After the Indonesian crash, Southwest activated AOA indicators on their main displays for 737 Maxes, and already had heads up displays on most of their 737s with AOA info already shown. I think the 737s that crashed saved money by skipping HUDs, and didn't activate the indicators on their heads down displays. 737 Maxes are still designed to try and crash if a sensor fails, but with the AOA displays, Southwest's pilots are likelier to understand the situation more quickly during failures, allowing them to avoid crashing.
 
2019-03-12 11:16:27 AM  
img.fark.netView Full Size
 
2019-03-12 11:16:44 AM  
"From my perspective as a Captain who flies the MAX, I observe that the engineers sitting in their chairs on the ground have done a marvelous job overwhelming 189 innocents with the engineers' arrogance and stupidity. If you've introduced a new system designed to exert authority over a primary flight control, well, that's a nice thing to know."

Based on that alone, and that I value my life, pass.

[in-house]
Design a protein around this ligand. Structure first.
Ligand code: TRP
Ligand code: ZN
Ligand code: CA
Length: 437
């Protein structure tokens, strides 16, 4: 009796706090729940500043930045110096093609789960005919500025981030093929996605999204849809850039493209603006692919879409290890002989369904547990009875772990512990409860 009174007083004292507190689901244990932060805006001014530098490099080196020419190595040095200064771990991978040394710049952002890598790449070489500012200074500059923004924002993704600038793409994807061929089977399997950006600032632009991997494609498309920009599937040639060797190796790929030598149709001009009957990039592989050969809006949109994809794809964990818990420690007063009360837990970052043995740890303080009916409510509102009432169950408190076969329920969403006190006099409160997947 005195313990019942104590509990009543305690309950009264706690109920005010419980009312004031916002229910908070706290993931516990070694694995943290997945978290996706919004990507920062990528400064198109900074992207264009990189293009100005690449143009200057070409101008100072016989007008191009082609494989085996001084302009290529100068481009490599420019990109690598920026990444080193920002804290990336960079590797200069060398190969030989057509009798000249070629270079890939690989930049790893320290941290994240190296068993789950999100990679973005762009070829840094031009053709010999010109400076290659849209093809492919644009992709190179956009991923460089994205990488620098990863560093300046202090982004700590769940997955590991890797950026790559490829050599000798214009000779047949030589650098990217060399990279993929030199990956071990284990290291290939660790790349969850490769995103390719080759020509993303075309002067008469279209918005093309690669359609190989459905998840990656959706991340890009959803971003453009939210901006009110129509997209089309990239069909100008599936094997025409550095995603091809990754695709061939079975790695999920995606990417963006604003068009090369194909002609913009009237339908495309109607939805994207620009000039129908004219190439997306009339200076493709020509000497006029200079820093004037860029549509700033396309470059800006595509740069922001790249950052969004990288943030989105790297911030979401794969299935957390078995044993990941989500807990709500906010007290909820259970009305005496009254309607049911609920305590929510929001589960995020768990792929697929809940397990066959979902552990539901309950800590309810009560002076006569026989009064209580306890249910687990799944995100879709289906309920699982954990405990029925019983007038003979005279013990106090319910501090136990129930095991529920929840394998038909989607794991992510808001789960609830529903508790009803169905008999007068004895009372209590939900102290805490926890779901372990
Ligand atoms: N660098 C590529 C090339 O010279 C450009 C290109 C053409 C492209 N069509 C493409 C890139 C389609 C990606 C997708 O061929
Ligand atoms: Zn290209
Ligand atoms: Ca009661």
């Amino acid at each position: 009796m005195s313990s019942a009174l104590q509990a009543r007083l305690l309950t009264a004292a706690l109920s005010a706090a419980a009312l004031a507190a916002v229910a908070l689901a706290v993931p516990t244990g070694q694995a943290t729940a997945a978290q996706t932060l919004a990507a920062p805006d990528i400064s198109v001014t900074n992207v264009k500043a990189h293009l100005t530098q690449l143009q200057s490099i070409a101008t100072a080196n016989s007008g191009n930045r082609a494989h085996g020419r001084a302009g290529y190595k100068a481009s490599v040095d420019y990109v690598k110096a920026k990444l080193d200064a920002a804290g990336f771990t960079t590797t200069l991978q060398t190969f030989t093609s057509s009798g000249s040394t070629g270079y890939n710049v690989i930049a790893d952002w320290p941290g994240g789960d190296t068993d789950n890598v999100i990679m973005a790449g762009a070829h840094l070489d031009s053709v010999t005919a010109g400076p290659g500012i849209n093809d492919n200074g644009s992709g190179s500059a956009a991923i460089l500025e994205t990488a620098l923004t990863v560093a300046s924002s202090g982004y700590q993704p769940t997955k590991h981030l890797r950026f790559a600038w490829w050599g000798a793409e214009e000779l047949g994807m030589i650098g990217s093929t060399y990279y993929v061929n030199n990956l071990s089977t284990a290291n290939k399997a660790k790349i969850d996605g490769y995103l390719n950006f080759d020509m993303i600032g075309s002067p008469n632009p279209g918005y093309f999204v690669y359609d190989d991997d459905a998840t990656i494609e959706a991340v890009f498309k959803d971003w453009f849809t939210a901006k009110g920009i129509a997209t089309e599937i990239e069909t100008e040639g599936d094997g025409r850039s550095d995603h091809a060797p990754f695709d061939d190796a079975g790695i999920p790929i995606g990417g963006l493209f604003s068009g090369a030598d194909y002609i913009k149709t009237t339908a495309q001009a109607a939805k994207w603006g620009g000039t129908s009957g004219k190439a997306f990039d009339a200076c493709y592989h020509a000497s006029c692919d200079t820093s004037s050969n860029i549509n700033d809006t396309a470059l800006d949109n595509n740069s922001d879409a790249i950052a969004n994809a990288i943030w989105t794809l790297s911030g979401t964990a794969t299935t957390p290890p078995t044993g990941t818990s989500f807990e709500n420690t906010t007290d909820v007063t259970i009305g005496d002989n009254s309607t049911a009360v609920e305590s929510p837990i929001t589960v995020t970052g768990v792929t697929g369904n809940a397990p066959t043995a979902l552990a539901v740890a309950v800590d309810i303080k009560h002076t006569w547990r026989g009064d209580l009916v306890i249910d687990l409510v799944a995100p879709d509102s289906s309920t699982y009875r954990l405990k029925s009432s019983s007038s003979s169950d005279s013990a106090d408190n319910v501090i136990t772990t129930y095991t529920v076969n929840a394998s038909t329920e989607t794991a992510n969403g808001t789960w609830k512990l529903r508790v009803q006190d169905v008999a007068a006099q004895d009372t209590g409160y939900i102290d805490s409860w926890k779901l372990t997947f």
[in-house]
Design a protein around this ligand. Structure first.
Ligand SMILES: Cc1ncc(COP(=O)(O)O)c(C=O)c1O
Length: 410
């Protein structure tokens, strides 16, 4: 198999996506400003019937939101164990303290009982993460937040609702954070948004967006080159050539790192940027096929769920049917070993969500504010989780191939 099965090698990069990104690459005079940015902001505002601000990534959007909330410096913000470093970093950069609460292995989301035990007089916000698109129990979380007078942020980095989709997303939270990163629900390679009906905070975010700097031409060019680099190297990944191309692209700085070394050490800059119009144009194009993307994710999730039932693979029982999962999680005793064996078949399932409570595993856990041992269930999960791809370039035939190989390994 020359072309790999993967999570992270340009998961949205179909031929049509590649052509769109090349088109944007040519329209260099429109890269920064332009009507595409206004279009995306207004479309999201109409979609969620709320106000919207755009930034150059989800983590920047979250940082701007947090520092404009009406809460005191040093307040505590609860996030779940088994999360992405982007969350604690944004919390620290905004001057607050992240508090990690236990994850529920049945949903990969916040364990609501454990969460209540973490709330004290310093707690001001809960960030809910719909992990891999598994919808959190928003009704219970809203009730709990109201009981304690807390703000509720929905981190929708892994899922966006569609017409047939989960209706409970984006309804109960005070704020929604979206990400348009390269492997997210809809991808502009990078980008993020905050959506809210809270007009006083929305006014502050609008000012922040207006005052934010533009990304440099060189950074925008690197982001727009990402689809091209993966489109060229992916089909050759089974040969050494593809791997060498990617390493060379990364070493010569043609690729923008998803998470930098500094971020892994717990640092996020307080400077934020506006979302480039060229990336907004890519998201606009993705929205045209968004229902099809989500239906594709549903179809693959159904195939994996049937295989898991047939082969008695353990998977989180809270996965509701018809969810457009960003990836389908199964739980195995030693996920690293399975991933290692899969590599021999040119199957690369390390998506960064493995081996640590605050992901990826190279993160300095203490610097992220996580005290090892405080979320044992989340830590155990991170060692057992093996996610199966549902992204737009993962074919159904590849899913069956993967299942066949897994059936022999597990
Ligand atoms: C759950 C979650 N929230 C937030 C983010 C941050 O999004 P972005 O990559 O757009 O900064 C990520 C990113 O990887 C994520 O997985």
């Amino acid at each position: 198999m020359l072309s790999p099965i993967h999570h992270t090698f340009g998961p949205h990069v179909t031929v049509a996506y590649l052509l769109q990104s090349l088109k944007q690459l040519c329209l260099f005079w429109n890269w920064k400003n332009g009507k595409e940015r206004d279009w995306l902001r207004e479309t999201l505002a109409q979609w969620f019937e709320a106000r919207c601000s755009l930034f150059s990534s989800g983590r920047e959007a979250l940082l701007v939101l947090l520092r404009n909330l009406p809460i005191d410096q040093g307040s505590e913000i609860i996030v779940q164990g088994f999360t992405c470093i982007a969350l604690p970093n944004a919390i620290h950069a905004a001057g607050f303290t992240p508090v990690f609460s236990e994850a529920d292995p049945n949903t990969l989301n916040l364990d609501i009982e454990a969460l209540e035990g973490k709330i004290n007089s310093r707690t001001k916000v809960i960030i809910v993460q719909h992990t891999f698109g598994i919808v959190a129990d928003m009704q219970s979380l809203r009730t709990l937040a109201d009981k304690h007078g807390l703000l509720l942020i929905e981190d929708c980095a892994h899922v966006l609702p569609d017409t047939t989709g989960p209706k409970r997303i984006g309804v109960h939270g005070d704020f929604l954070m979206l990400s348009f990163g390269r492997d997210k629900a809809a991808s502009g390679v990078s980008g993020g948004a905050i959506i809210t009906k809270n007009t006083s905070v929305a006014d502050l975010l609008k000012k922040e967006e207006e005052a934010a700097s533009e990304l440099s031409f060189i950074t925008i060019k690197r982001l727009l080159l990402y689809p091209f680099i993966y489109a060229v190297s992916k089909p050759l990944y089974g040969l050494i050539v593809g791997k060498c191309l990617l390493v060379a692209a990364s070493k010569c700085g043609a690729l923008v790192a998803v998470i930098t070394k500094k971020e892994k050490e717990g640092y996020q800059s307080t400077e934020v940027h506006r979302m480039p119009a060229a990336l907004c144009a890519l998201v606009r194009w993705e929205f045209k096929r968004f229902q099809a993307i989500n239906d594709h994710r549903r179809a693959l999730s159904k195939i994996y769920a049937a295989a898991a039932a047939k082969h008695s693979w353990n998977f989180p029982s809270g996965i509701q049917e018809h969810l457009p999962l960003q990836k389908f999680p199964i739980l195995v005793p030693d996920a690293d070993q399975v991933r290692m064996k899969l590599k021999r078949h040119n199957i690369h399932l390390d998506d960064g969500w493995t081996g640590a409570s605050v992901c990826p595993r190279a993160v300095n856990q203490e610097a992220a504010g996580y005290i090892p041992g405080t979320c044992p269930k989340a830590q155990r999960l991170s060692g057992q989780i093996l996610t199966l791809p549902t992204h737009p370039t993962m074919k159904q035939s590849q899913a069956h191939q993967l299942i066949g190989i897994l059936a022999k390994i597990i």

2019-03-12 11:18:04 AM  

T Baggins: Mad Scientist: I have a flight on a Southwest Max on April 5.  Get a move on, Boeing.

After the Indonesian crash, Southwest activated AOA indicators on their main displays for 737 Maxes, and already had heads up displays on most of their 737s with AOA info already shown. I think the 737s that crashed saved money by skipping HUDs, and didn't activate the indicators on their heads down displays. 737 Maxes are still designed to try and crash if a sensor fails, but with the AOA displays, Southwest's pilots are likelier to understand the situation more quickly during failures, allowing them to avoid crashing.


I don't understand why an airline would elect not to active the AoA dial.
 
2019-03-12 11:19:32 AM  
Boeing:  Everything's fine aside from minor documentation issues with our avionics software upgrade. Passengers are warned not to schedule flights during leap years or days that end with 'Y' however...